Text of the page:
10 Causes of Going Gray Early
How does your hair get its natural colour? What are the causes of going gray early? What are the possible remedies to prevent or at least slow down the graying of hair?
Graying of hair is a natural occurrence, which with age at one point of time would happen to everyone. What alarming is the increasing frequency of the phenomenon, becoming more common in young ages – even in teenagers.
Although graying of hair starts in the late 20’s in the majority of Asians, but it usually goes unobserved at that time of life. Premature Graying of hair for Asians and Africans starts before 30 years of age, while in Caucasians, it occurs even before age 18.
A human scalp has a bulb-like tubes known as the follicles; an average human head has around 100,000 to 150,000 follicles, where the hair grows. Hair, in its original condition, the unpigmented state, would have been white. It gets its colour from a pigment known as melanin. The shade of the hair gets its colour by the mix of two melanins present in the human body: Phaeomelanin, (reddish yellow) and eumelanin (black/dark brown).
As per one suggestion, ageing slows down or stops the melanin to get access to the hair, turning hair gray, but as the frequency of gray hair in young is increasing, dermatologists are looking forward to find out answers to the problem of hair turning gray early.
Here are ten top reasons of hair growing gray early.
Causes of Gray Hair
One major reason of hair turning gray at a young age is heredity. Children with parents whose hair turned gray at young ages have a higher chances of growing gray hair in their youth.
Build-up of hydrogen peroxide
Hair cells build up an acid, hydrogen peroxide; when there is too much of the acid in the follicles, oxidation occurs, a process similar to metal rusting, which can naturally bleach the hair.
To counter the effect of hydrogen peroxide, the human body produces an enzyme: Catalase, that prevents oxidation by converting hydrogen peroxide into water and oxygen. The lower level of Catalase allows the hydrogen peroxide to build-up.
As per the tale of Marie Antoinette, her hair turned white in one night, prior to the morning she had to be hanged. It is assumed, that it was the stress of her awaiting future that lay just around the corner, which made her hair loose color within hours.
Although scientists are not yet certain of any direct relation of stress with gray hair, but in 2011, Robert Leftkowitz, Nobel Prize winner discovered that stress can impact on our DNA and result in premature aging and graying of hair.
Smoking does not only cause premature hair graying, but actually contributes to premature aging, as a whole. According to a study published in the journal Science News, smokers compared to non-smokers have 4 times more likely to gray hair. Another study published in the Indian Dermatology Online Journal concludes that Jordanians who smoked had 2.5 times more likeliness of gray hair before the age of 30, compared to nonsmokers.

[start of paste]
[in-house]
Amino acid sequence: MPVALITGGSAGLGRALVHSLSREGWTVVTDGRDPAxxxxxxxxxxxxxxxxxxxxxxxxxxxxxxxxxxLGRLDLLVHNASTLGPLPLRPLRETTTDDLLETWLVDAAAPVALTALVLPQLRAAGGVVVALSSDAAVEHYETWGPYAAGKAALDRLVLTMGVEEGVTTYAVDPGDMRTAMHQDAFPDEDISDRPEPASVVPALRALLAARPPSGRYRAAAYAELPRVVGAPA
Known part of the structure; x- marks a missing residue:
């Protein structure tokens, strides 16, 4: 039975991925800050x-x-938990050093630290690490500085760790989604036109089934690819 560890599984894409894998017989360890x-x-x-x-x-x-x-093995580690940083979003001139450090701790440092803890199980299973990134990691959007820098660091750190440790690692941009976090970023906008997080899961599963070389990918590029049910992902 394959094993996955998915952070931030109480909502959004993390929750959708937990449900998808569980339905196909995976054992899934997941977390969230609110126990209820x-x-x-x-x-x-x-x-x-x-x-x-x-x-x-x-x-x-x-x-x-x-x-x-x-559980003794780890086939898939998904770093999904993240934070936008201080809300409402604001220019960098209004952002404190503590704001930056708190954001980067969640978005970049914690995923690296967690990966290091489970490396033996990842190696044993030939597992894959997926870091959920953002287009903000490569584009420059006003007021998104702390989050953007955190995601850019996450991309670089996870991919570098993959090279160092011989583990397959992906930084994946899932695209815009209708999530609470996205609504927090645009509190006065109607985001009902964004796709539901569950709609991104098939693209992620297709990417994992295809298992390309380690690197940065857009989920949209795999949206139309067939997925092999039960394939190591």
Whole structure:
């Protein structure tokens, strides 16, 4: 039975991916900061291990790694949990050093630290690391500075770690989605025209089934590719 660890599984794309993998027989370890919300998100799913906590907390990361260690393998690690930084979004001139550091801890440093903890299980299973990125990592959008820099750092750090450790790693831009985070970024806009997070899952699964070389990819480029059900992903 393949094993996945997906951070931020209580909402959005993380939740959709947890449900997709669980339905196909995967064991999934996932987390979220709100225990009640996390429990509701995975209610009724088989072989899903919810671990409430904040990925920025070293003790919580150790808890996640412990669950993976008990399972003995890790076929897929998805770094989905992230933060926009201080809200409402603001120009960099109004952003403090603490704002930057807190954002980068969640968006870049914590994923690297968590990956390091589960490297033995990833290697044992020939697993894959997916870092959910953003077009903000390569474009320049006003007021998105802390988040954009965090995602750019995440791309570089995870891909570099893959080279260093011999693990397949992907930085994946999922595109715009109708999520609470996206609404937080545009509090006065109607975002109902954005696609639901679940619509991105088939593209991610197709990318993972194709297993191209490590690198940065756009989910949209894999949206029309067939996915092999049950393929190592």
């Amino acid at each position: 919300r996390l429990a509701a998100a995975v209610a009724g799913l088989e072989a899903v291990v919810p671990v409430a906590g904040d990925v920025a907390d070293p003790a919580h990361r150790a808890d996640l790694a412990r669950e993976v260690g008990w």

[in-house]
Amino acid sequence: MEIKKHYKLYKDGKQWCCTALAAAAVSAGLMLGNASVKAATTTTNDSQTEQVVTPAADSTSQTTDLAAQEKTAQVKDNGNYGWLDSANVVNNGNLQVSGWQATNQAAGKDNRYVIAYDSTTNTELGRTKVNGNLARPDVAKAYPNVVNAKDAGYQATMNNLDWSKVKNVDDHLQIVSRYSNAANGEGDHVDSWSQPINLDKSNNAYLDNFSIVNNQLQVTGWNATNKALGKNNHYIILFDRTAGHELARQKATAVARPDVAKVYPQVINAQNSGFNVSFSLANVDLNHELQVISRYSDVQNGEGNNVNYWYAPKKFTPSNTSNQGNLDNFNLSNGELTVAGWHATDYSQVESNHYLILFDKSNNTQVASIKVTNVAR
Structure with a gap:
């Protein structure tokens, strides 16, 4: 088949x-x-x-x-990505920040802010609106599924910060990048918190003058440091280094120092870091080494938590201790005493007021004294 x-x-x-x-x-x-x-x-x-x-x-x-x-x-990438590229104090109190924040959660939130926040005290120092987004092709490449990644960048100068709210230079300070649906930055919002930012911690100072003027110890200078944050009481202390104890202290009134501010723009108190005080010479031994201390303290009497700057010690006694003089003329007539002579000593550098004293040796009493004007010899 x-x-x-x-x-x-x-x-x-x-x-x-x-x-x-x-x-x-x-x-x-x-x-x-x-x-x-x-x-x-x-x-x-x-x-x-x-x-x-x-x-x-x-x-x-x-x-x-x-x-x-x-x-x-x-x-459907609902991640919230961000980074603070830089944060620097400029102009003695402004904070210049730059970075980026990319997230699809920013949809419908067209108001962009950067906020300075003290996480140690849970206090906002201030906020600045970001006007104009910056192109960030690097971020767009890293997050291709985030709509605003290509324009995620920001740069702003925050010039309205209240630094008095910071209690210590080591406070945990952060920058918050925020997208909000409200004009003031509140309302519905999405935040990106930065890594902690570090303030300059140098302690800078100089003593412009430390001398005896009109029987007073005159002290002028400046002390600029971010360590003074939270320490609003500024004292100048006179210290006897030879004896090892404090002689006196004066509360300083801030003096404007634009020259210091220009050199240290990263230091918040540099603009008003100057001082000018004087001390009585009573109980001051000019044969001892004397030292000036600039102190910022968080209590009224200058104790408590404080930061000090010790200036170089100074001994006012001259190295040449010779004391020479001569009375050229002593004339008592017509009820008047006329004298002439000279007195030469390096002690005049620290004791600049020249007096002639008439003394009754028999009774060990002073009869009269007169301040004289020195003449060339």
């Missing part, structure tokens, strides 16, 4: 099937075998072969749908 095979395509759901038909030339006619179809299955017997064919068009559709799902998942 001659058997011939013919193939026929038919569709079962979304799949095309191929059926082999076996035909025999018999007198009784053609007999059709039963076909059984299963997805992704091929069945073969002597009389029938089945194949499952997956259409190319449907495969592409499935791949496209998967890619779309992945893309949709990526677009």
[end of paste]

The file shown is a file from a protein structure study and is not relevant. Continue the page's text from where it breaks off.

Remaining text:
Insufficient nutrition and dehydration
Dehydration causes one’s skin and scalp to become dry. Although, lotions and conditioners may help combat dryness, but our body needs to be hydrated as well. The water a person drinks is the source of moisture, and therefore dehydration makes the hair rough, dry and gray.
Insufficient or poor nutrition directly affects one’s development or progression; it leads to premature graying of hair.
Deficiency of vitamin B-2, B-6 & B-12
B vitamins help our body perform physiological functions and create DNA. Vitamin B-12 helps the human body produce red blood cells and vital proteins – its deficiency can cause premature graying.
Caffeine or Alcohol Overdose
High intake of Caffeine and Alcohol can cause dehydration and promote the release of stress hormones. This would not only result in hair to turn gray, but would cause multiple other issues including skin issues and premature aging.
Extreme use of hair sprays/gel, hair irons and electric dryers
Processing the hair again and again can cause follicular damage. Electric dryers and hair irons transmit high levels of heat damaging hair strands and the follicles.
Hair dyes, sprays and gels are commonly used to cover up unwanted hair conditions. Every time you use them, some damage is done to the hair follicles – and over a period these follicles lose the ability to produce color pigments.
Getting less sleep is a key reason of stress; it causes body, skin, and hair damage and thus early aging.
Less intake of copper, Iodine and Selenium
A human body requires copper to produce pigment for your skin and hair. Scientists are closing up on particular nutrient deficiencies linked to gray hair. In one research, published in the Biological Trace Elements Research Journal, Individuals with gray hair had significantly lower copper levels than the rest of the sample.
Remedies and Preventions
- Practice relaxation techniques like deep breathing, meditations or Yoga to control stress.
- Drink around 8 to 12 glasses of water to keep the skin and hair moisturized.
- Cereals, grain breads, bananas, dairy, eggs, poultry, meat and vegetables are a good source of vitamin B.
- Nuts, beans, shellfish and fruits (bananas, grapes and tomatoes) are a good source of Copper.
- Always use a pillow and a mattress that is comfortable for a good sound sleep.
- Exercise helps boost the flow of minerals and vitamins to the hair follicles.
- Oil massage helps the blood flow to the skin and scalp.
It is always advisable to visit a dermatologist to rule out any unexpected graying of hair.